Not Again

When I woke up this morning… Rock Hits: 1965 playlist popped up on my Apple Music. I was 9 years old in 1965, and Donald Trump was 19 years old. When Trump talks about Making America Great Again, I guess he’s… talkin’ bout my g-g-generation.

Many of my memories of that time are fond — I was, after all, still in my golden years of childhood, and it was all I knew. The mayhem, near and far, and the attendant anxiety, well, I figured… it’s my life. And that man comes on the radio, saying… take a look around you, boy, it’s bound to scare you, boy… I did, and it did. It wasn’t until I had the perspective that comes from aging through several generations that I appreciated just how jacked up things were back them. I don’t mind America being great, it’s the again part I’m just not getting. As I remember the time, many of us feared we were…on the eve of destruction.

I grew up in a suburb of the Los Angeles basin — a low-lying coastal plain surrounded by high mountains and deserts. At the time, Los Angeles County had a population of about 10,000,000 people. With no public transportation system to speak of, everybody drove, resulting in soul crushing traffic. You didn’t want to be anywhere near the Santa Ana freeway after about 6:30 am or 3:00 pm. The topography of the area created an inversion layer that limited air circulation and trapped all the manufacturing and tailpipe emissions, including lead particles from the gasoline. The thick smog obliterated any view of the San Gabriel Mountains and their foothills. Smog alerts were common — days when outdoor child play made breathing painful and asthmatically shallow. On those days, I retreated to our TV room, where my chain-smoking grandmother lived. I had troubles, woah-oh, I had worries, woah-oh, I had wounds to bind.

The cold war nuclear arms race was raging. Just a few years before, I watched Walter Cronkite report on the Bay of Pigs Invasion and stand off with the USSR on our black and white TV, then the reruns of the assassination of President Kennedy. At school, we practiced bombing drills — closing the blinds, moving away from windows and crawling under our desks while covering our heads. At 9 years of age, I was preparing to be bombed… all day and all of the night. If the button is pushed, there’s no running away…there’ll be no one to save with the world in the grave.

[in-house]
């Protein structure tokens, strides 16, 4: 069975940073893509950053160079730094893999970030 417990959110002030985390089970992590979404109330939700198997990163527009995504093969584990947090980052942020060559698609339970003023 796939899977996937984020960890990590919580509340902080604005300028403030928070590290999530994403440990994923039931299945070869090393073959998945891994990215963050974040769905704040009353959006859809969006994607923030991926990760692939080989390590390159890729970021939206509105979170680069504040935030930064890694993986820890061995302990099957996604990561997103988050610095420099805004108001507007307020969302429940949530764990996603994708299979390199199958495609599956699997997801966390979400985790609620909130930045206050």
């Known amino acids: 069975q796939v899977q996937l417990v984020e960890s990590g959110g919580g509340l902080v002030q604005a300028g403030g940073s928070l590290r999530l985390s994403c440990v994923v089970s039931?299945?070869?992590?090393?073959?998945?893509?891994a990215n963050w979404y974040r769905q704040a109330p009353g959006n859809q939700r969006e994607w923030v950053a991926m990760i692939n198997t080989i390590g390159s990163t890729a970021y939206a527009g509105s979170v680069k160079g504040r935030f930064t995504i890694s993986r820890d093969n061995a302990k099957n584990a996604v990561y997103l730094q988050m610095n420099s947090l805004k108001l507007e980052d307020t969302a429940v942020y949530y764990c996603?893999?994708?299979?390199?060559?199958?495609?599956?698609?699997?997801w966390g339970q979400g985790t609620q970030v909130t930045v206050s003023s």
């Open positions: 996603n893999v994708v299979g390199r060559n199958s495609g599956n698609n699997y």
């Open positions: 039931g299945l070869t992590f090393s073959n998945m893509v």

Laying on the floor of our smoke-filled TV room, trying not to move as each small breath hurt, I turned the channel of our black and white TV. Watch it now, watch it, watch it… the white police with riot gear and dogs club and gas black people marching across a bridge in Selma Alabama. Turn, turn, turn…I watched serious men in suits talk about the need to carpet bomb North Vietnam — I saw rows of caskets draped with flags being unloaded from cargo planes. Turn, turn, turn… I watched young men with guns wading through swamps and jungle. There again were the police in riot gear, this time violently opposing young people with long braided hair in tie-dyed shirts holding signs about love and war. These visions that were planted in my brain still remain.

I’m yearn for America to be great. I’d give the moon if it were mine to give. I’d give the stars and the sun for I live. And I got a feelin’ down in my shoes, said way down in my shoes, that America can be great. Don’t you understand what I’m trying to say? Can’t you see the fears that I’m feeling today? I just don’t want America to be great again.